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Lethbridge Herald Newspaper Archives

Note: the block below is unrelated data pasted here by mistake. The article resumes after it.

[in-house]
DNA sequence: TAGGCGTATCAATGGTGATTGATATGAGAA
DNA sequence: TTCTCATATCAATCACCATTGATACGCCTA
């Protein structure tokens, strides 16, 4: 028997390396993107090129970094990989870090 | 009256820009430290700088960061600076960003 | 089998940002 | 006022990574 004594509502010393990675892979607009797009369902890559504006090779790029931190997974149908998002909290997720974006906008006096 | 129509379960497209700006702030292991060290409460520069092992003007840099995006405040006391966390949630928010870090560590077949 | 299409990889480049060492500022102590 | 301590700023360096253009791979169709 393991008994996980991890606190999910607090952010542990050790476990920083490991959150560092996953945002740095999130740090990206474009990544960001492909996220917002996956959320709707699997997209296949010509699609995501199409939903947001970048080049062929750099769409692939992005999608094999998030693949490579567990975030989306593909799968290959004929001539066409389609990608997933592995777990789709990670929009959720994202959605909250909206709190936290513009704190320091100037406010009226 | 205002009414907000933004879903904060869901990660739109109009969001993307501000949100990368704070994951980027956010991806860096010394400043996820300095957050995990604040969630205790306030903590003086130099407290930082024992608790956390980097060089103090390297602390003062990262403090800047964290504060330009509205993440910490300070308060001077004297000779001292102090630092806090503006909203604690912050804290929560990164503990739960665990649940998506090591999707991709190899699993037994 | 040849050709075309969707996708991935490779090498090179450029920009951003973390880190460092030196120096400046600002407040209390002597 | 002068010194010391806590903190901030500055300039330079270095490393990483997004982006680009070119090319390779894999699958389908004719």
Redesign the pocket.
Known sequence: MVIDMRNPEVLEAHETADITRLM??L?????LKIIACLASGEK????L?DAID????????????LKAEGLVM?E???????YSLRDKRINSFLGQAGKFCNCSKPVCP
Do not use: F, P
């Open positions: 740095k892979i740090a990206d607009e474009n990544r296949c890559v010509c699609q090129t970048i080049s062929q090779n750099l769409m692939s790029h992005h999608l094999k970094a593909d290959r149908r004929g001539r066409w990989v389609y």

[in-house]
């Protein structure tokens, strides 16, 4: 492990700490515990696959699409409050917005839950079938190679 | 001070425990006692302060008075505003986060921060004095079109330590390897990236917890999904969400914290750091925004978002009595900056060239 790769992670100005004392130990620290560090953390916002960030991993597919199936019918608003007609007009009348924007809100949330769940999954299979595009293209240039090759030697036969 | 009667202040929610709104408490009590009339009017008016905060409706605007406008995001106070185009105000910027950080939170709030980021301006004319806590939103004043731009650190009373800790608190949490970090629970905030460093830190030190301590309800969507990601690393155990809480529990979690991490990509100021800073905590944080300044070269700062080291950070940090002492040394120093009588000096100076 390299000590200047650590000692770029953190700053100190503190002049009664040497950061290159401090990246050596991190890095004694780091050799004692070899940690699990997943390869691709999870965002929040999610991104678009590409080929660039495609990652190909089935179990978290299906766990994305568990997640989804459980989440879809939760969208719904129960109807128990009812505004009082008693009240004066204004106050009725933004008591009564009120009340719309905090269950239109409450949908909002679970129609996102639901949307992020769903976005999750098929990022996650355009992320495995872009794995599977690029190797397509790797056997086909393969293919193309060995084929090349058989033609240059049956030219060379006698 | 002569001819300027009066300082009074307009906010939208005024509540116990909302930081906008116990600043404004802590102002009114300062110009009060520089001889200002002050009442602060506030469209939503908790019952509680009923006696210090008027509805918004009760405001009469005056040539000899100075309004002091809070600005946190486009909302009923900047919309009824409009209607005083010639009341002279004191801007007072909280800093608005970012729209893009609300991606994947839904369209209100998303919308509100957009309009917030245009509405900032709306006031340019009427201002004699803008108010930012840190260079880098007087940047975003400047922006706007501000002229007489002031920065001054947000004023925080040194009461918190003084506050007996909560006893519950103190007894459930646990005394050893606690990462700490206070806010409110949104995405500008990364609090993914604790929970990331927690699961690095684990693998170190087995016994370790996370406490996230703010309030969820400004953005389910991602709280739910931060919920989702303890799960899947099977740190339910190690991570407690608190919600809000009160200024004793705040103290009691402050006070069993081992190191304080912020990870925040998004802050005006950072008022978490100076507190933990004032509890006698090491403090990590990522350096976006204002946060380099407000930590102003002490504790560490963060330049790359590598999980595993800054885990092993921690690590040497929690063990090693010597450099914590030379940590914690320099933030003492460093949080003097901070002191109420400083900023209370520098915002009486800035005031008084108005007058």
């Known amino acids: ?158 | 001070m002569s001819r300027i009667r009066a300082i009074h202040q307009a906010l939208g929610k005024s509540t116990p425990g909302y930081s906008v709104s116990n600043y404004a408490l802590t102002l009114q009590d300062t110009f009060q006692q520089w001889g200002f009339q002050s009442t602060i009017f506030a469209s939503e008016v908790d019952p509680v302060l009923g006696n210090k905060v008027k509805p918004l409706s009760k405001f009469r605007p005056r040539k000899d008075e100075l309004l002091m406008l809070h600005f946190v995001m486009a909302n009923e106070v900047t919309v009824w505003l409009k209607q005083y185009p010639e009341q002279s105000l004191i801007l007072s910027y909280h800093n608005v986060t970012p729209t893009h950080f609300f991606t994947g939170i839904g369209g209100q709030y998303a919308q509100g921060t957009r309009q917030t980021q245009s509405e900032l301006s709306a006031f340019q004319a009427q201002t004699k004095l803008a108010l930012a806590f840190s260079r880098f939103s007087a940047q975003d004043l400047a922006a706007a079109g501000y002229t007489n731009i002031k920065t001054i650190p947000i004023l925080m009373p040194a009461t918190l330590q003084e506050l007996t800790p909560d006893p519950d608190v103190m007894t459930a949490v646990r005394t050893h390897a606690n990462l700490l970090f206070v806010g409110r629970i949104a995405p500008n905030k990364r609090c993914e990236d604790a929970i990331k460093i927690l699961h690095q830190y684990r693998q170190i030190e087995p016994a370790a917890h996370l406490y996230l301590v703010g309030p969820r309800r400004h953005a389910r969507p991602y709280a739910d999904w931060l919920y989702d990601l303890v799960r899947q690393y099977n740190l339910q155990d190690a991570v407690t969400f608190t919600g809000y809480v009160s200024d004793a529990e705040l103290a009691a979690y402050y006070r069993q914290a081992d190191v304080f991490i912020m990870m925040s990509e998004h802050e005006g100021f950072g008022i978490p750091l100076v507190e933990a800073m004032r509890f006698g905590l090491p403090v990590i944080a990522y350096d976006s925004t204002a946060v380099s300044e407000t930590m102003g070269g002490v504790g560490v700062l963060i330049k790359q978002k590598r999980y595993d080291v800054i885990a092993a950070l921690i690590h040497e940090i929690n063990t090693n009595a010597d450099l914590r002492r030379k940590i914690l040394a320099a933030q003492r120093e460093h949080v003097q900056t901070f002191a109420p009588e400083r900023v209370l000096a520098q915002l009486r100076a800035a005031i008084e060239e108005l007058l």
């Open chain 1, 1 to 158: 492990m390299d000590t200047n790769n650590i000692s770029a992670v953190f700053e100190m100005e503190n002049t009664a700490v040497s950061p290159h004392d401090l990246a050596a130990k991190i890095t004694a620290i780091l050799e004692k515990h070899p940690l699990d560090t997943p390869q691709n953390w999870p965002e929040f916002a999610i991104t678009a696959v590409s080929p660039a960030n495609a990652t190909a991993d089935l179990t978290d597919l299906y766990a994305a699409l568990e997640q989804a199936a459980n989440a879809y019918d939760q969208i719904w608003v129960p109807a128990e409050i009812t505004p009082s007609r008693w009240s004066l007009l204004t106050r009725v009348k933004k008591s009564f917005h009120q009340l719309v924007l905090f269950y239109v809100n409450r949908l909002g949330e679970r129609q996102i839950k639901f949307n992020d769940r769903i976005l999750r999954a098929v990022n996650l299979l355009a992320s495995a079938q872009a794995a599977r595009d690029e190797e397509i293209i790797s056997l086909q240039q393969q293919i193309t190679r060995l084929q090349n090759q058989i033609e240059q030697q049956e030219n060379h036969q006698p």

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Lethbridge Herald, The (Newspaper) - November 21, 1973, Lethbridge, Alberta ID cards not compulsory ...but By BRUCE EASSON CP Staff Writer Not since the Second World War when civilians were re- quired to carry National Reg- istration cards have govern- ment-issued identification cards been compulsory in Canada. But ID cards for specific social security health in- well as credit and membership cards clutter most wallets or purses. Saskatchewan is studying the possibility of giving every resident a number to be used in dealing with the provincial government. This number would appear on driver's medical care card and other docu- ments. a spokes- man for the department em- phasized the idea is only being considered even if im- would not nec- essarily involve an ID card. A Cross-Canada Survey by The Canadian Press also shows some form of ID cards are available on a voluntary basis in most provinces for two age people and senior citizens. USEFUL IN PUBS With such the depending on may buy li- quor or drink in a pub with no embarrassing travel on public transit at reduced fares or even be admitted half-price to some theatres. British Columbia offers an identity card to anyone 19 or older.'In the gov- ernment has approved a stan- dard format for a proof-of- age card Tor those at least 18 but production and distribu- tion is up to private organizations. In several other provinces- Alberta. On- New Brunswick and li- quor boards offer ID cards to young people who apply for them. Such to cards haven't been wildly pop- ular in the East. Since last May. when the Liquor Control Board of Ontario announced cards for those at least fewer than 200 have been is- sued. In New Brunswick in five years only about 240 have been sent out to applicants. Newfoundland's liquor board reports only a few cards is- sued. THOUSANDS ISSUED In the li- quor board says that since ID cards for young people were started in 1971 more than 700 have been requested and in Saskatchewan liquor au- thorities have filled requests for 6.000 cards. Virtually all public transit systems offer ID cards per- mitting students to travel at reduced fares. Such cards usually are available through schools either free or for a nominal Toronto an es- timated cards are in use. Senior citizens also get re- duced fares in tickets for half the regular they present an ID card stating they have reach- ed 65. The cards may be obtained free from the Metropolitan Toronto social services de- partment and about 134-.000 have been issued. With such proof of ample certain goods and serv- ices may be available at a lower rate. One Toronto trust company eliminates cheque- cashing charges on current accounts of senior citizens. And they are admitted at half price to the Victory Bur- Toronto's oldest estab- lished strip-tease palace. In elderly resi- dents may obtain for a pass for the city's public transit. Winnipeg's transit cards for as well as stu- cost while in Regina a senior citizen's pass good for one year of public trans- portation is But in Mon- there are no reduced transit rates for pensioners. Proof-of-age cards issued by provincial liquor boards usu- ally require from the appli- cant at least one passport- type which appears on the and a birth certificate. Ontario also requires the signature of a guarantor who is a Canadian at least 18 years old and has known the applicant for a minimum one year. In the to cards are issued at government liquor stores for a Sfeent fee. The system is not a member of the Alberta Li- quor Control Board admitted ruefully. do get these little dev- ils who take an older brother's birth certificate down and have their own picture put on the In Quebec stu- dents under 18 must obtain 'cards either from their schools or the Montreal Ur- ban Transportation Commis- sion to take advantage of re- duced transit fares in Mon- treal. Identity cards are not in use in either Nova Scotia or Prince Edward Island but in where driver's lice- nces bear the photograph of the they are occasion- ally requested in liquor stores wnere the age ot the purcha- ser is in doubt. Sears Kenmore's best deluxe salon type hair dryers with 1000 watts of power. 5 position remote control panel. Large inside hood fits over jumbo rollers. Folds up neat for storage or carrying. Savings last 3 days. Mist dryer with remote control 93 Remote control dryer Reg. Warm mist moistens and gentle heat dries it into a full-bodied set in just 20 minutes. Speeds colouring and conditioning. Regular too. 110 volt 60 cycle ac. Two-tone Blue plastic housing.. Reg. 26 98 Large inside hood accommodates jumbo rollers. 5-position remote control plus a setting for wigs Folds down for easy carrying and storage. Convenient height adiustment. 110 60 cycle ac. Attractive Avocado plastic housing. this is best value Phone order promptly filled call 328-9231 Beauty and Health Available from coast to coast in Canada through art Simpsons-Sears stores and selected catalogue sales this very special offer is the sincerest effort Simpsons-Sears can make to bring you merchandise that combines fine quality with the lowest possible price. Simpsons-Sears Ltd. at Simpsons-Sears you get the finest guarantee Mtlsfection or money refunded STORE Open Dally a.m. to p.m. Thursday and'Friday a.m. to p.m. Minus its lights The U.S. National Christmas minus its stand on the Elipse in remind- ing those passing by that there is only a little over a month to do their shopping. The Washington Monu- ment is in the background. What goes on behind walls of Alta. A 17-year-old prisoner sat in a chapel at the peniten- tiary here and told a Calgary cosmetics saleswoman he used to look down on people in prison. hear a story on the radio of a man sent to jail by a judge and I'd he's really a bad guy. I'm glad I didn't run into him.' 16 I was already condi- tioned to think that After more than a year as a prisoner his attitude has changed. a man's a thief and he's I won't talk to him But if a man is a thief and a human I'll talk to The program which brought the cosmetics saleswoman and the prisoner together is an effort by members of the Calgary Junior Chamber of Commerce to find out for themselves what goes on behind prison walls. TALKED TO PRISONERS Part of that program involv- ed discussions on a person-to- person basis with individual prisoners. learned two things since I came the 17- year-old told the woman. are no 'real relationships inside and I won't be able to mature nor- mally as I grow up. in prison live by a pretty cold code. It's get out of my way because I'm pretty tough. There's no warmth. I also know now that because I was 16 when I came in here and I'll in for 10 at I've got no op- portunity to Last Jaycees had three convicted murderers at- tend a social event in Calgary to discuss capital punishment and penal reform. The Jaycees' visit-to the penitentiary was at the in- vitatio- the prisoners and the iitentiary ad- mmist. The Jaycees indicated following the session they would return to learn more. Combat those Miserablo Fall Colds For relief of coughs and sore throats due to colds 18's 79 0 Decongestant to relieve the misery of colds Coricidin 'D' 1 -49 SHOPPERS DRUG MART 24't ;